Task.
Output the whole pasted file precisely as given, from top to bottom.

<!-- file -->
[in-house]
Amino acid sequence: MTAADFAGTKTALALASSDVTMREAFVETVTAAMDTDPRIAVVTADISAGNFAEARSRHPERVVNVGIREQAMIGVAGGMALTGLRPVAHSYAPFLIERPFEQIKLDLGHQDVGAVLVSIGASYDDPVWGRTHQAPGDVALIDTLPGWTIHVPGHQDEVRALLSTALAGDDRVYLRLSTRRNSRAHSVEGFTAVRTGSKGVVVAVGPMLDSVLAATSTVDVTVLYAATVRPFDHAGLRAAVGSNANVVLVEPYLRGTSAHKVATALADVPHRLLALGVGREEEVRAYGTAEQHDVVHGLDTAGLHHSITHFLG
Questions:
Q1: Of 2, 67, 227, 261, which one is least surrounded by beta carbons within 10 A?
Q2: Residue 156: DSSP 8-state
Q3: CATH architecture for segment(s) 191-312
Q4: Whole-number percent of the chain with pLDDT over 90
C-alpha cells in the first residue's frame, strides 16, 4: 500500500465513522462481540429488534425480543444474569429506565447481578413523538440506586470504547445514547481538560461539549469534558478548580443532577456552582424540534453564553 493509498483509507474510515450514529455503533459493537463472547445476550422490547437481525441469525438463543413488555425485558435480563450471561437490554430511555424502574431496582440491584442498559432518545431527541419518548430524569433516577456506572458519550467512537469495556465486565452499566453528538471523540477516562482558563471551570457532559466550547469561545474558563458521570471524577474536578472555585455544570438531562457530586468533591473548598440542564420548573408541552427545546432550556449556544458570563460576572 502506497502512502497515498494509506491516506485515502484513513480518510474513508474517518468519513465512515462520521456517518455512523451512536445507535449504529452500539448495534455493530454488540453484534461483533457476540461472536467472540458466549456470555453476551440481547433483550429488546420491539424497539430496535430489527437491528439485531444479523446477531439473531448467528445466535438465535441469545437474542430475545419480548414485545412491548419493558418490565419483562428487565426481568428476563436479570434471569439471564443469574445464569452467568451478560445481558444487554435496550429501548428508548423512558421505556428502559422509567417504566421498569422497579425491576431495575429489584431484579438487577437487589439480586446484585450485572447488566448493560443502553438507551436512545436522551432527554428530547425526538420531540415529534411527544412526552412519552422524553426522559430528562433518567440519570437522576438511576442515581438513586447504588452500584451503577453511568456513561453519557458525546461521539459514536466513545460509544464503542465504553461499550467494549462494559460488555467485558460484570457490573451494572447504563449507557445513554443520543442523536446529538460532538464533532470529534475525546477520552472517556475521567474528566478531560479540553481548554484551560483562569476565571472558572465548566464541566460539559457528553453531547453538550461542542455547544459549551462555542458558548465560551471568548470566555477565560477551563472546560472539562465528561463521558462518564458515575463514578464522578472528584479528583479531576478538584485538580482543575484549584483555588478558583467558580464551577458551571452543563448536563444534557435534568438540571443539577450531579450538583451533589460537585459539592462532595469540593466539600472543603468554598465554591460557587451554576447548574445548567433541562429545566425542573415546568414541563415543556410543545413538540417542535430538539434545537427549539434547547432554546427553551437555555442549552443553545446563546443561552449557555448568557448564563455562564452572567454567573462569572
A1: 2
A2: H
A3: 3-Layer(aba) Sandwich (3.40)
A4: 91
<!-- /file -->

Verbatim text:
[in-house]
Amino acid sequence: MTAADFAGTKTALALASSDVTMREAFVETVTAAMDTDPRIAVVTADISAGNFAEARSRHPERVVNVGIREQAMIGVAGGMALTGLRPVAHSYAPFLIERPFEQIKLDLGHQDVGAVLVSIGASYDDPVWGRTHQAPGDVALIDTLPGWTIHVPGHQDEVRALLSTALAGDDRVYLRLSTRRNSRAHSVEGFTAVRTGSKGVVVAVGPMLDSVLAATSTVDVTVLYAATVRPFDHAGLRAAVGSNANVVLVEPYLRGTSAHKVATALADVPHRLLALGVGREEEVRAYGTAEQHDVVHGLDTAGLHHSITHFLG
Questions:
Q1: Of 2, 67, 227, 261, which one is least surrounded by beta carbons within 10 A?
Q2: Residue 156: DSSP 8-state
Q3: CATH architecture for segment(s) 191-312
Q4: Whole-number percent of the chain with pLDDT over 90
C-alpha cells in the first residue's frame, strides 16, 4: 500500500465513522462481540429488534425480543444474569429506565447481578413523538440506586470504547445514547481538560461539549469534558478548580443532577456552582424540534453564553 493509498483509507474510515450514529455503533459493537463472547445476550422490547437481525441469525438463543413488555425485558435480563450471561437490554430511555424502574431496582440491584442498559432518545431527541419518548430524569433516577456506572458519550467512537469495556465486565452499566453528538471523540477516562482558563471551570457532559466550547469561545474558563458521570471524577474536578472555585455544570438531562457530586468533591473548598440542564420548573408541552427545546432550556449556544458570563460576572 502506497502512502497515498494509506491516506485515502484513513480518510474513508474517518468519513465512515462520521456517518455512523451512536445507535449504529452500539448495534455493530454488540453484534461483533457476540461472536467472540458466549456470555453476551440481547433483550429488546420491539424497539430496535430489527437491528439485531444479523446477531439473531448467528445466535438465535441469545437474542430475545419480548414485545412491548419493558418490565419483562428487565426481568428476563436479570434471569439471564443469574445464569452467568451478560445481558444487554435496550429501548428508548423512558421505556428502559422509567417504566421498569422497579425491576431495575429489584431484579438487577437487589439480586446484585450485572447488566448493560443502553438507551436512545436522551432527554428530547425526538420531540415529534411527544412526552412519552422524553426522559430528562433518567440519570437522576438511576442515581438513586447504588452500584451503577453511568456513561453519557458525546461521539459514536466513545460509544464503542465504553461499550467494549462494559460488555467485558460484570457490573451494572447504563449507557445513554443520543442523536446529538460532538464533532470529534475525546477520552472517556475521567474528566478531560479540553481548554484551560483562569476565571472558572465548566464541566460539559457528553453531547453538550461542542455547544459549551462555542458558548465560551471568548470566555477565560477551563472546560472539562465528561463521558462518564458515575463514578464522578472528584479528583479531576478538584485538580482543575484549584483555588478558583467558580464551577458551571452543563448536563444534557435534568438540571443539577450531579450538583451533589460537585459539592462532595469540593466539600472543603468554598465554591460557587451554576447548574445548567433541562429545566425542573415546568414541563415543556410543545413538540417542535430538539434545537427549539434547547432554546427553551437555555442549552443553545446563546443561552449557555448568557448564563455562564452572567454567573462569572
A1: 2
A2: H
A3: 3-Layer(aba) Sandwich (3.40)
A4: 91